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I thought it time to leave for awhile the references to tools in the Modern Fire Attack (MFA) arsenal and instead look at a few of the new tactical rules that should be guiding our actions.  First, though, a few words regarding the whole idea of attempting to create strict edicts for something as dynamic and variable as structural firefighting.  Since one of the things that characterizes a true MFA proponent is avoidance of the words “always” and “never”, pretty much eliminated from the start is any statement that could be considered a “rule”.  Instead, what I will be addressing in these posts are some of the traditional firefighting guidelines that have been developed over the years; passed on from instructor to trainee, veteran to rookie, officer to firefighter; morphed into virtual commandments; and now, in many cases, completely debunked by the results of fire dynamics research.  

To be fair, most longstanding tactical rules are merely experience-based, well-intentioned, easy-to-recite and -remember phrases that described what were understood to be good practices, and not strict dogma.  Also, like theology, these guidelines required interpretation and application to a specific situation.  That is, a consideration of context was always needed.  They were never intended to be, and should not have been presented as, “one size fits all”.  Regardless, mantras and mottos have a way of taking on a life of their own, and becoming more than a memory aid.  The newly-discovered inaccuracy of many of these axioms requires that they now be corrected.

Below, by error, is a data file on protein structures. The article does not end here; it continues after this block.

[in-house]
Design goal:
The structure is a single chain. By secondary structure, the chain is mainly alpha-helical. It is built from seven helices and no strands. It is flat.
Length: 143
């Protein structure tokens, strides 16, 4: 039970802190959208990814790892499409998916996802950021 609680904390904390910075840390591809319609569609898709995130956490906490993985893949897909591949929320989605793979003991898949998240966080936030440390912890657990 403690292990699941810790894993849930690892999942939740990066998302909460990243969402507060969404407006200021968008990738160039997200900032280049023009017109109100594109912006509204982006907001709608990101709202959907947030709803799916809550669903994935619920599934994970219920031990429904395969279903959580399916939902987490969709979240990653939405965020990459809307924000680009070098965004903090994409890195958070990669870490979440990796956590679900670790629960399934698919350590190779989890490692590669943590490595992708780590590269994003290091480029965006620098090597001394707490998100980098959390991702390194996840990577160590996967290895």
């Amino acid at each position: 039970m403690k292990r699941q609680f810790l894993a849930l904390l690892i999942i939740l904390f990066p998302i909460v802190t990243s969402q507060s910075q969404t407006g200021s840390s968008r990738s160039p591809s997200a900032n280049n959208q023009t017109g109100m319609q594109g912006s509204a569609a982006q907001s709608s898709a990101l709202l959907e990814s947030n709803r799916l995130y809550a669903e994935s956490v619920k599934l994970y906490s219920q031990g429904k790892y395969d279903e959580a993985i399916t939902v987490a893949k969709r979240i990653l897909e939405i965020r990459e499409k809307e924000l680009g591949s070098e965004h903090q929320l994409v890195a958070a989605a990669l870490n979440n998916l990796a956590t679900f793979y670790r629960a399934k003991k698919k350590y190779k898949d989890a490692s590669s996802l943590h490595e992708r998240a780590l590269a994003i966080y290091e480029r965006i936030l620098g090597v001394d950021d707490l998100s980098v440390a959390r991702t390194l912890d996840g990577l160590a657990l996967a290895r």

One criticism of the MFA movement is that it has “made the fireground more complicated”, which is only partly true.  Research has, indeed, informed us that fire dynamics is much more complex than we had previously known, providing additional factors to consider, or to ignore at our peril.  So, the complexity was not created by research, but merely illuminated.  From an operational standpoint, some fire service innovators have crafted new techniques that exploit these breakthroughs in our understanding of fire behavior, and those modern tactics are naturally different from traditional approaches.  Still, other than the difficulty of unlearning long-taught and -practiced knowledge and skills, the new procedures are no harder, and in many cases easier, than those taught previously.  While the knowledge of additional fireground factors, and the availability of new fire control interventions, does increase the decision making burden for all firefighters, there is no turning back.  (Ignorance of the law [truth] is no defense.)

While adhering to the old rules is comfortable, and continuing our routine approach is usually adequate, “Easy and Okay” is no motto to live by.

MJC

The author can be reached at markjcotter@comcast.net

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